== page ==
A Bit of Beirut in Bangalore

One of the first things I noticed driving around Bangalore is the way in which all the foreign-owned shops resemble those one would find in Hamra. In particular, the store Vero Modo/Jack Jones, since the time I first moved to Beirut in 2006, multiplied like rabbits along Hamra Street. It isn’t that bad here yet, but here is what one creative genius imagined Hamra Street might look like in the future if things continue at this pace. I hope it is not what is in store for Bangalore.

Below are more photographs of more foreign shops that one can find in Bangalore and in Beirut. Most were taken at high-end malls. The set of interior/night time shots were taken at a place called UB City, which used to be a brewery factory. But it was transformed into this luxury mall that reminds me of Solidere in Beirut a great deal. In some ways it is even worse in the sense that it is structurally inhibiting and challenging for people to just wander in and walk around. Thus, it keeps out people for whom the mall is out of their league. It also reminded me quite a bit of the malls in Las Vegas. Anyone wanting excellent context for the damage that Solidere caused to Beirut society should read Saree Makdisi’s article on the topic. I cannot find a similar kind of analysis of UB City or the gentrification of Bangalore. However, the article below hints at some context:

The current joke is that the only buildings to remain unscathed by the onslaught may be Vidhana Soudha, the building that houses the legislature, and UB City, a complex that is a hideous combination of the Empire State Building and Internet kitsch, built by a liquor baron….

The new IT prosperity has created a young, energetic, educated, and wealthy working class, transforming Bangalore into a consumer’s paradise of shopping malls and office complexes with glass-fronted exteriors. The insatiable demand for “good English” has renewed the anxiety that Kannada may die out in the city.

The scary part of what is written above is not only the bit about gentrification and the way it changes the urban landscape. (I’m reading Sarah Schulman’s brilliant The Gentrification of the Mind at present and offers interesting ways to connect the methods of gentrifying urban and mental landscapes.) I’ve been collecting photographs on Kannada architecture that shows how the outskirts of Bangalore have shifted from village to city; I’ll post those soon. But I am equally worried about the dangers of a people losing their language, especially to the imperial language of English. I saw an interesting film this past weekend that touches on some of these themes. The film, English Vinglish, features a protagonist who is ridiculed by her family for not knowing the English language. Here is a trailer:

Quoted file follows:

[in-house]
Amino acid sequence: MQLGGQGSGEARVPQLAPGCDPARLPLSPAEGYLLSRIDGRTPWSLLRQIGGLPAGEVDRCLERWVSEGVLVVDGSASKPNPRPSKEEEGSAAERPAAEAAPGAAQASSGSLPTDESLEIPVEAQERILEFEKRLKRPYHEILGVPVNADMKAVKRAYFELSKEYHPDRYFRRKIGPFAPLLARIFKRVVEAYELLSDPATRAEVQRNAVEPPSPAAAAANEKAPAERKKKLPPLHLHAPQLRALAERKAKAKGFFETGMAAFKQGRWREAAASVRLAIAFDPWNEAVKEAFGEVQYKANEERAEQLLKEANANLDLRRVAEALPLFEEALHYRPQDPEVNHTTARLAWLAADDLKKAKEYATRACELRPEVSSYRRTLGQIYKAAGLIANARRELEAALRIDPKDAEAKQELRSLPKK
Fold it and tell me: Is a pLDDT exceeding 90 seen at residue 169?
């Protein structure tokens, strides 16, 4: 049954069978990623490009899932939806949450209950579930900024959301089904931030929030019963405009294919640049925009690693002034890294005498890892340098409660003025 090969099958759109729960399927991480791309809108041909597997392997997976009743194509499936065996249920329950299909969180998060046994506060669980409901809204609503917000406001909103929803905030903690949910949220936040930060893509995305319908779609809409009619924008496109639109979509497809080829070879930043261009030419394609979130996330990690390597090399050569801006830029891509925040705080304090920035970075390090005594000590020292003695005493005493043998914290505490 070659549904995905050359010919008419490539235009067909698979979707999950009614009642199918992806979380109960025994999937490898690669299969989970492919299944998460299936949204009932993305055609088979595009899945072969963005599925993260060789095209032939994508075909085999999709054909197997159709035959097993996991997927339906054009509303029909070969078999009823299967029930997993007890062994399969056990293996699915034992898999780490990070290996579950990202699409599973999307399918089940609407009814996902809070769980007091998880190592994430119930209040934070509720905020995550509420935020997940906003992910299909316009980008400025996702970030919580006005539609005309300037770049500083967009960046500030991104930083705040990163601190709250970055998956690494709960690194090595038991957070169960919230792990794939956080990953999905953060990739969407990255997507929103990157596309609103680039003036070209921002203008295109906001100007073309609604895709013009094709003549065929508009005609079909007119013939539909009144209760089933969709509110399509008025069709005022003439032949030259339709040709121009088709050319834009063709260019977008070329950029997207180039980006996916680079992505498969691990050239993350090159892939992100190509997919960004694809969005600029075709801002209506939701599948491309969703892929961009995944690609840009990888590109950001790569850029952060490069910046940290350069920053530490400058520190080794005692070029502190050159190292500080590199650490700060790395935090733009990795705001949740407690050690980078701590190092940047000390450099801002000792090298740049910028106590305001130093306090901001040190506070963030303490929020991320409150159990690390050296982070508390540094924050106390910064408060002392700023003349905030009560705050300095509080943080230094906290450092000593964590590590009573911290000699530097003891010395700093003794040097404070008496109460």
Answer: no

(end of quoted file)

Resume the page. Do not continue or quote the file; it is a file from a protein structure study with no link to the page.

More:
My favorite scene in the above clip is when she goes to pick up her American visa and the American sitting behind the counter asks how she’ll survive in the U.S. without knowing English; the retort by his colleague is brilliant (at the end of the clip): “the same way you survive in our country without learning Hindi.”

One last piece of Bangalore that, unfortunately, resembles Beirut. It is the presence of G4S, which I saw this morning for the first time. Here is a bit about what G4S is and why there is a boycott campaign against them:

G4S is a British-Danish private security company that provides services and equipment to Israeli prisons, checkpoints, the Apartheid Wall and the Israeli police.

In 2007, G4S signed a contract with the Israeli Prison Authority to provide security systems and other services for major Israeli prisons. G4S provides systems for the Ketziot and Megiddo prisons, which hold Palestinian political prisoners from occupied Palestinian territory inside Israel. Article 76 of the Fourth Geneva Convention prohibits the transfer of prisoners from occupied territory into the territory of the occupier.

In Beirut I see G4S everywhere from the security at office buildings to friends’ apartments. Here is a bit about their role in Lebanon:

The scale of the work G4S do in Lebanon is unclear, with even Bawab saying he didn’t know exactly what they did in the country. But the head of a rival private security firm says they have “a couple of hundred guys” in the country, and it is not uncommon to see men in clothes with the company’s logo guarding private companies in Beirut’s Hamra.

Al-Akhbar discovered that the firm carried out a security review for the country’s preeminent university, the American University of Beirut. The 60-page confidential document details potential improvements that could be made to security and recommends that G4S operatives take over the running of the university’s security.


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